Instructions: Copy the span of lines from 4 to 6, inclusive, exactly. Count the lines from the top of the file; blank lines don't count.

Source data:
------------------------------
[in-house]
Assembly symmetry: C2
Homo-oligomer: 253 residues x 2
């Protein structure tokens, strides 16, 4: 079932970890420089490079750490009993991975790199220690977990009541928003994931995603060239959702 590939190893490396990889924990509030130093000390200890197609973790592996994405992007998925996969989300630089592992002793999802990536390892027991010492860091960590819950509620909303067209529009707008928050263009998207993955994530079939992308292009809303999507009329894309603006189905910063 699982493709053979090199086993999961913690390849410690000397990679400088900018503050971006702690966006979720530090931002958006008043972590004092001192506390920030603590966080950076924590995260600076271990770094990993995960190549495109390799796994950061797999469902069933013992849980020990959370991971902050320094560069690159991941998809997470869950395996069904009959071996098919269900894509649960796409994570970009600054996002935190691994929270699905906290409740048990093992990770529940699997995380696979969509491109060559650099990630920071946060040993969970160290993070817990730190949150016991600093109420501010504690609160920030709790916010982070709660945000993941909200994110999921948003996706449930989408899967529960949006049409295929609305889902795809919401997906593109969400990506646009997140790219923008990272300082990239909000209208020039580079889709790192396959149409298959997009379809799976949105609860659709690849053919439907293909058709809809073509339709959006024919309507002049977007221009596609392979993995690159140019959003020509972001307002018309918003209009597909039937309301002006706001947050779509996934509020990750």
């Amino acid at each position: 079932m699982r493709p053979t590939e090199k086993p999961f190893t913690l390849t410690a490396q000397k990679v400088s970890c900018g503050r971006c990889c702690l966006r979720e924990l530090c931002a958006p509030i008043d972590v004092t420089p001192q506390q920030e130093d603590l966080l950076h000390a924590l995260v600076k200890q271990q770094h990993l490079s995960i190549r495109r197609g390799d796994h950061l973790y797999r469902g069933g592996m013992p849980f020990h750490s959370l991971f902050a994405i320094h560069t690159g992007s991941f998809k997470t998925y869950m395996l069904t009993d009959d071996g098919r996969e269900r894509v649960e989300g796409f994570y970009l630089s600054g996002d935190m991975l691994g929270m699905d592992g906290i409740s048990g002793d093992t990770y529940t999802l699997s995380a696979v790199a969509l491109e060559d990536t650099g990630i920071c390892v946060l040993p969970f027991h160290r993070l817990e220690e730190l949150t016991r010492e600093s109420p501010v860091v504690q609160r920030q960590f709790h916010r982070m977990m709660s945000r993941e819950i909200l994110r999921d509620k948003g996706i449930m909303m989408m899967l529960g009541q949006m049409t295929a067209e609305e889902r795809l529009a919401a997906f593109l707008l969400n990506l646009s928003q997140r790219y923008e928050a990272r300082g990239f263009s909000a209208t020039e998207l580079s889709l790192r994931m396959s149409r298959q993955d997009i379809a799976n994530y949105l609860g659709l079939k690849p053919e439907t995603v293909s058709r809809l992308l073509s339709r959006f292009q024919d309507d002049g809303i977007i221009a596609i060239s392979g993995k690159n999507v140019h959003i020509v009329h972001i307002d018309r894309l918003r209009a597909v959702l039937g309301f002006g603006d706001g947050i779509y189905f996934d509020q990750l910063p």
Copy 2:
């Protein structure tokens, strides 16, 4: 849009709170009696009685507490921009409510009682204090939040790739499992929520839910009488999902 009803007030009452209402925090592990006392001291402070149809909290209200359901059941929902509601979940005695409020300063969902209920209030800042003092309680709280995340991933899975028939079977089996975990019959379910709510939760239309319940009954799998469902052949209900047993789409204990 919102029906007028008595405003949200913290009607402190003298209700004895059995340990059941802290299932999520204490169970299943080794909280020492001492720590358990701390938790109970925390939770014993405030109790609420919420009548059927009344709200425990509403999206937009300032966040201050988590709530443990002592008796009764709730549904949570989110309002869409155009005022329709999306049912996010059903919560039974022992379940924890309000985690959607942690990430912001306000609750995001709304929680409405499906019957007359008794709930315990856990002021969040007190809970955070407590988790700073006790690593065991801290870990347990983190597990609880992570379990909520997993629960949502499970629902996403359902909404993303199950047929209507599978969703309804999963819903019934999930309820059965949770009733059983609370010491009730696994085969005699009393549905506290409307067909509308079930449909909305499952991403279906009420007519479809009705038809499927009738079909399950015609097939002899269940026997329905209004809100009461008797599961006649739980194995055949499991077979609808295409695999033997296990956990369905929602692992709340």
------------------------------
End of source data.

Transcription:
């Protein structure tokens, strides 16, 4: 079932970890420089490079750490009993991975790199220690977990009541928003994931995603060239959702 590939190893490396990889924990509030130093000390200890197609973790592996994405992007998925996969989300630089592992002793999802990536390892027991010492860091960590819950509620909303067209529009707008928050263009998207993955994530079939992308292009809303999507009329894309603006189905910063 699982493709053979090199086993999961913690390849410690000397990679400088900018503050971006702690966006979720530090931002958006008043972590004092001192506390920030603590966080950076924590995260600076271990770094990993995960190549495109390799796994950061797999469902069933013992849980020990959370991971902050320094560069690159991941998809997470869950395996069904009959071996098919269900894509649960796409994570970009600054996002935190691994929270699905906290409740048990093992990770529940699997995380696979969509491109060559650099990630920071946060040993969970160290993070817990730190949150016991600093109420501010504690609160920030709790916010982070709660945000993941909200994110999921948003996706449930989408899967529960949006049409295929609305889902795809919401997906593109969400990506646009997140790219923008990272300082990239909000209208020039580079889709790192396959149409298959997009379809799976949105609860659709690849053919439907293909058709809809073509339709959006024919309507002049977007221009596609392979993995690159140019959003020509972001307002018309918003209009597909039937309301002006706001947050779509996934509020990750």
């Amino acid at each position: 079932m699982r493709p053979t590939e090199k086993p999961f190893t913690l390849t410690a490396q000397k990679v400088s970890c900018g503050r971006c990889c702690l966006r979720e924990l530090c931002a958006p509030i008043d972590v004092t420089p001192q506390q920030e130093d603590l966080l950076h000390a924590l995260v600076k200890q271990q770094h990993l490079s995960i190549r495109r197609g390799d796994h950061l973790y797999r469902g069933g592996m013992p849980f020990h750490s959370l991971f902050a994405i320094h560069t690159g992007s991941f998809k997470t998925y869950m395996l069904t009993d009959d071996g098919r996969e269900r894509v649960e989300g796409f994570y970009l630089s600054g996002d935190m991975l691994g929270m699905d592992g906290i409740s048990g002793d093992t990770y529940t999802l699997s995380a696979v790199a969509l491109e060559d990536t650099g990630i920071c390892v946060l040993p969970f027991h160290r993070l817990e220690e730190l949150t016991r010492e600093s109420p501010v860091v504690q609160r920030q960590f709790h916010r982070m977990m709660s945000r993941e819950i909200l994110r999921d509620k948003g996706i449930m909303m989408m899967l529960g009541q949006m049409t295929a067209e609305e889902r795809l529009a919401a997906f593109l707008l969400n990506l646009s928003q997140r790219y923008e928050a990272r300082g990239f263009s909000a209208t020039e998207l580079s889709l790192r994931m396959s149409r298959q993955d997009i379809a799976n994530y949105l609860g659709l079939k690849p053919e439907t995603v293909s058709r809809l992308l073509s339709r959006f292009q024919d309507d002049g809303i977007i221009a596609i060239s392979g993995k690159n999507v140019h959003i020509v009329h972001i307002d018309r894309l918003r209009a597909v959702l039937g309301f002006g603006d706001g947050i779509y189905f996934d509020q990750l910063p």
Copy 2: